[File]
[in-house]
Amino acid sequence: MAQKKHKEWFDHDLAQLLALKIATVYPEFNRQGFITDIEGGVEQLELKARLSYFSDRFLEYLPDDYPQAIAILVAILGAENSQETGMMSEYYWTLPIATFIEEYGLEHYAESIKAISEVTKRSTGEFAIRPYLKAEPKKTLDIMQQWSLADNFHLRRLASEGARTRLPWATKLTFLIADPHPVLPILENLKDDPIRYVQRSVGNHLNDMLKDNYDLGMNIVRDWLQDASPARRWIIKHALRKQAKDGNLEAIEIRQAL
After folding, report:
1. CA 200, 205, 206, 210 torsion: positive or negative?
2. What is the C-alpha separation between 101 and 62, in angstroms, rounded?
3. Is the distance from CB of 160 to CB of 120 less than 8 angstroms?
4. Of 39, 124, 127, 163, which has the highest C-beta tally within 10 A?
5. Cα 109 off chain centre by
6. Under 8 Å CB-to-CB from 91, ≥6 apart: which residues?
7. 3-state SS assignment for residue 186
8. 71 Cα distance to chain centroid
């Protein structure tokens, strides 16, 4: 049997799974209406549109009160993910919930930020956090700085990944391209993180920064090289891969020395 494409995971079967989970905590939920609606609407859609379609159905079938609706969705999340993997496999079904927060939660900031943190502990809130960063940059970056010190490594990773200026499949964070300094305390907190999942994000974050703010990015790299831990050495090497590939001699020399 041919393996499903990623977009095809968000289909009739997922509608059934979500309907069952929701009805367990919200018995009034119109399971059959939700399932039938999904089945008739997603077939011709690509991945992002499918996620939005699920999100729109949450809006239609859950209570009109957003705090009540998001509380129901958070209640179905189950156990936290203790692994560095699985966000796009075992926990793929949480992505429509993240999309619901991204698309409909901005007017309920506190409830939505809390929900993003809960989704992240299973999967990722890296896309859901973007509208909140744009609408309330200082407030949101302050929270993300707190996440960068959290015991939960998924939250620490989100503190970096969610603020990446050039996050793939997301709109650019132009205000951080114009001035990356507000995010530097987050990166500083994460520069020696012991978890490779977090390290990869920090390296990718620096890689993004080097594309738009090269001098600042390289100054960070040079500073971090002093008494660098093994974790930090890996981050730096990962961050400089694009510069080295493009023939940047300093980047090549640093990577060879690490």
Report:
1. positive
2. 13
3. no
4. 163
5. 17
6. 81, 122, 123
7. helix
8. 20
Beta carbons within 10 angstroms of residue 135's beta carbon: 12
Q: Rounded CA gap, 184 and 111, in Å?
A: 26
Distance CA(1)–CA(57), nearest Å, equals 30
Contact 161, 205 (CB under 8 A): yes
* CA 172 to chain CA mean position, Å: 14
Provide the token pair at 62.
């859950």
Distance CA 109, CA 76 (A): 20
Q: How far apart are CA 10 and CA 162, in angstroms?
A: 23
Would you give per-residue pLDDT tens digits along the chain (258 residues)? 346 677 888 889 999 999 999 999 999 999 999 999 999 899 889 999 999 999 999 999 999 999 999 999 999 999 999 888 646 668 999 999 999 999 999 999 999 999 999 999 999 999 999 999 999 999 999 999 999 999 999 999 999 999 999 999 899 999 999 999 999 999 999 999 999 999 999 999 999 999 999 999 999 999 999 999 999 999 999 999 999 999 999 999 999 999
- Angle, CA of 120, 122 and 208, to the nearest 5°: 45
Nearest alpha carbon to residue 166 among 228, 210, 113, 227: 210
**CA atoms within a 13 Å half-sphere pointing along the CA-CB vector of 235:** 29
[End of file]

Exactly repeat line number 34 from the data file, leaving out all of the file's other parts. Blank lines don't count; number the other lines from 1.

- Angle, CA of 120, 122 and 208, to the nearest 5°: 45